Do you know that your toothbrush could be dirtier than your toilet seat? A toilet bowl can contain upwards of 3.2 million bacteria per square inch, according to an infographic by Bath-based bathroom designer, Soakology.co.uk. On the other hand, DailyMail.co.uk reports that a toothbrush can contain 200,000 more bacteria per square inch. Millions of microorganisms can be found at the bristles of a single toothbrush. Some of these microorganisms are harmless yet some can be dangerous to your health.
A 2012 study, which was published by Nursing Research and Practice, found that toothbrush storage is crucial to bacteria survival. Most toothbrushes are being kept in the sink which is close to the toilet. Every time the toilet is flushed with an open lid, bacteria are released into the air. The bacteria from fecal matter can include Escherichia coli or E. coli, a bacteria most commonly associated with gastrointestinal disease.
Streptococcus mutans, the bacteria responsible for tooth decay, can also live in your toothbrushes, states Erin McCarthy on MentalFloss.com. Moreover, Lactobacillus, and Pseudomonas (a bacteria that causes eye infections), viruses like herpes simplex type (used to be called “oral herpes”), and Human papillomavirus (connected with oral cancer, cervical cancer, and esophageal cancer) can also be found in your toothbrush. You could put yourself at risk of spreading these around your mouth and gums every time you brush your teeth.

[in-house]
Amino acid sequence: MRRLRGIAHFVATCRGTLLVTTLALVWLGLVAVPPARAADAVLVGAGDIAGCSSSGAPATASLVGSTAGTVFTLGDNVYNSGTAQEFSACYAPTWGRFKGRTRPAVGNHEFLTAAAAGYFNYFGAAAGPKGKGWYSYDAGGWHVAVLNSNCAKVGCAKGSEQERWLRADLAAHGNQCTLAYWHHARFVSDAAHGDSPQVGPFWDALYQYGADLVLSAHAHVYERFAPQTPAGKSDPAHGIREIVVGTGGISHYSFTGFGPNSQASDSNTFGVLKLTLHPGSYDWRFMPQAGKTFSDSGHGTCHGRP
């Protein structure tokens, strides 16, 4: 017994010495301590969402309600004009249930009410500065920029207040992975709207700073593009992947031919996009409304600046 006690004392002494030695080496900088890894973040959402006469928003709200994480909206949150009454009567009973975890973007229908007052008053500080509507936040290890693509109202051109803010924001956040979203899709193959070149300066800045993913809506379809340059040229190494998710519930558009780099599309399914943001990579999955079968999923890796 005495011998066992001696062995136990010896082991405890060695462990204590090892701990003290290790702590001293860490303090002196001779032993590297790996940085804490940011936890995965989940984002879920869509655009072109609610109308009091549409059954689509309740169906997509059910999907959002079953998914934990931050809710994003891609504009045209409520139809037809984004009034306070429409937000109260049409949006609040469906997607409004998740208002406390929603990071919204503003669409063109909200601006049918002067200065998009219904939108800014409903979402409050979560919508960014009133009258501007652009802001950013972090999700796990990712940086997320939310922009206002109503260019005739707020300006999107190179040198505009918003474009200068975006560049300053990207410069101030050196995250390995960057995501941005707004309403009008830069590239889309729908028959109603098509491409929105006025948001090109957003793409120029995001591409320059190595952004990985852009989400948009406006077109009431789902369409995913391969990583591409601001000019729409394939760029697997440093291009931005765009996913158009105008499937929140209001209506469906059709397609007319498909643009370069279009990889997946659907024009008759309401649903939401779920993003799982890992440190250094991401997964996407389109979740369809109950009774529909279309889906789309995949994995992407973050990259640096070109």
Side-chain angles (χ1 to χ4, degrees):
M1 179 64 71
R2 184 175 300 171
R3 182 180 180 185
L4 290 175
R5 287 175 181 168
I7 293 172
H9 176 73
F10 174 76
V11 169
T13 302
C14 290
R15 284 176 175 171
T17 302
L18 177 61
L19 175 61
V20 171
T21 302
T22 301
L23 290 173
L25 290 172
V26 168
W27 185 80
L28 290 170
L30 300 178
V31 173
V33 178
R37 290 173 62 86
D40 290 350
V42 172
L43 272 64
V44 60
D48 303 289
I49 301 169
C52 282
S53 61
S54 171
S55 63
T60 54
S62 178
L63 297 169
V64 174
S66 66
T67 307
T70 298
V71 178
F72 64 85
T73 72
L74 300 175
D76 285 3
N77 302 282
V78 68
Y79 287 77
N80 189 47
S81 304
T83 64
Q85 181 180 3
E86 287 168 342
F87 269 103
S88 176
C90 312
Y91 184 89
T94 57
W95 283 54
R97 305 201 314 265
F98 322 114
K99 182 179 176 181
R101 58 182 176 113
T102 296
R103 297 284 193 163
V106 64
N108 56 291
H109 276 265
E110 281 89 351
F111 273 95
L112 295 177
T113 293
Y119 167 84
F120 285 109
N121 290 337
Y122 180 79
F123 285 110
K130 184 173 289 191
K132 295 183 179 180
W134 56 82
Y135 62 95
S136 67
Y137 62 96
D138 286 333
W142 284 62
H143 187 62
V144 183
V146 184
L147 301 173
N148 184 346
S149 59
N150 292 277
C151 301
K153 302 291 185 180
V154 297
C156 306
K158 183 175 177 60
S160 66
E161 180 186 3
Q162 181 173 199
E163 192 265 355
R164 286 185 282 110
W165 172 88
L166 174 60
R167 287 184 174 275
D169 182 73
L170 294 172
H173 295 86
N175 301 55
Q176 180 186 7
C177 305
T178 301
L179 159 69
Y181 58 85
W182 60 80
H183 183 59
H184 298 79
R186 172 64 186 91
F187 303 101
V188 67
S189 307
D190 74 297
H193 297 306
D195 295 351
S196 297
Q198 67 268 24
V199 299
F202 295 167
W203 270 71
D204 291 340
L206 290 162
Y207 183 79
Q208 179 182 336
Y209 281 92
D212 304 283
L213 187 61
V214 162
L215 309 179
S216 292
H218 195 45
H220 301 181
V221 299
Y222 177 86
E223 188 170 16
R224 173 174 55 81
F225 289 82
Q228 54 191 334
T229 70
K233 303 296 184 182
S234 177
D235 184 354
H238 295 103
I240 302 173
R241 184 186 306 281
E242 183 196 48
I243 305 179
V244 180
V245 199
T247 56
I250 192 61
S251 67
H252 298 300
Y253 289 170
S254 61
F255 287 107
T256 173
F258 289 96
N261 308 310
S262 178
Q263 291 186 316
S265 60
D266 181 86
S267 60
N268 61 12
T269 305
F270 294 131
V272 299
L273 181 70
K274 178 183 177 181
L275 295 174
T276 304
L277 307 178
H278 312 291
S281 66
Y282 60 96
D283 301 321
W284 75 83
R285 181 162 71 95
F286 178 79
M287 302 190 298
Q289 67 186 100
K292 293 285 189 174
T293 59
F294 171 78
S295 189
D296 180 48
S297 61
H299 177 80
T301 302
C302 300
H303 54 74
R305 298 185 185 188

Fortunately, simple habits and hygienic practices can lower your chances of using a bacteria-riddled toothbrush. You should throw out and replace those brushes with bristles that have become frayed. The American Dental Association (ADA) recommends replacing your toothbrush every three or four months, however, you can do this sooner if your toothbrush has begun showing signs of wear.
Aside from this, storage also plays a big part in keeping your toothbrush safe for use. Keep your toothbrush far from the toilet and maintain a clean toothbrush holder, one that holds your toothbrush upright rather than lying down. A wet toothbrush encourages bacterial growth. According to OnHealth.com, you should allow your toothbrush to dry thoroughly in between brushing. See to it that that the brushes are kept separate if more than one toothbrush occupies the same toothbrush holder in order to prevent the chances of cross-contamination.
Avoid interchanging toothbrushes as this can result in an exchange of bodily fluids as well as microorganisms, thus placing yourself at risk of infection. You can decrease your chances of using a toothbrush harboring E.coli by closing your toilet lid before flushing it, and then wash your hand before flushing the toilet and before using your toothbrush. Remove any remaining food debris and toothpaste from your toothbrush by carefully rinsing it after using.
Dr. Maria Geisinger, Assistant Professor, and Periodontist at the University Of Alabama at Birmingham states that toothbrushes with clear or lighter bristles are better than the colored ones. Up to fifty percent fewer bacteria are retained by toothbrushes with clear bristles. Moreover, Geisinger suggests using toothbrushes with solid plastic handles as these have fewer spaces for bacteria to hide and germinate in.
Kimberly Harms, Dentist and Consumer Adviser for the ADA state that:
“Excellent oral care also helps. Bacteria cause gum disease, and decay, and bad breath. Rinsing your mouth with a natural antiseptic solution before you brush your teeth can eliminate any bacteria lingering in your mouth before they get to your toothbrush.”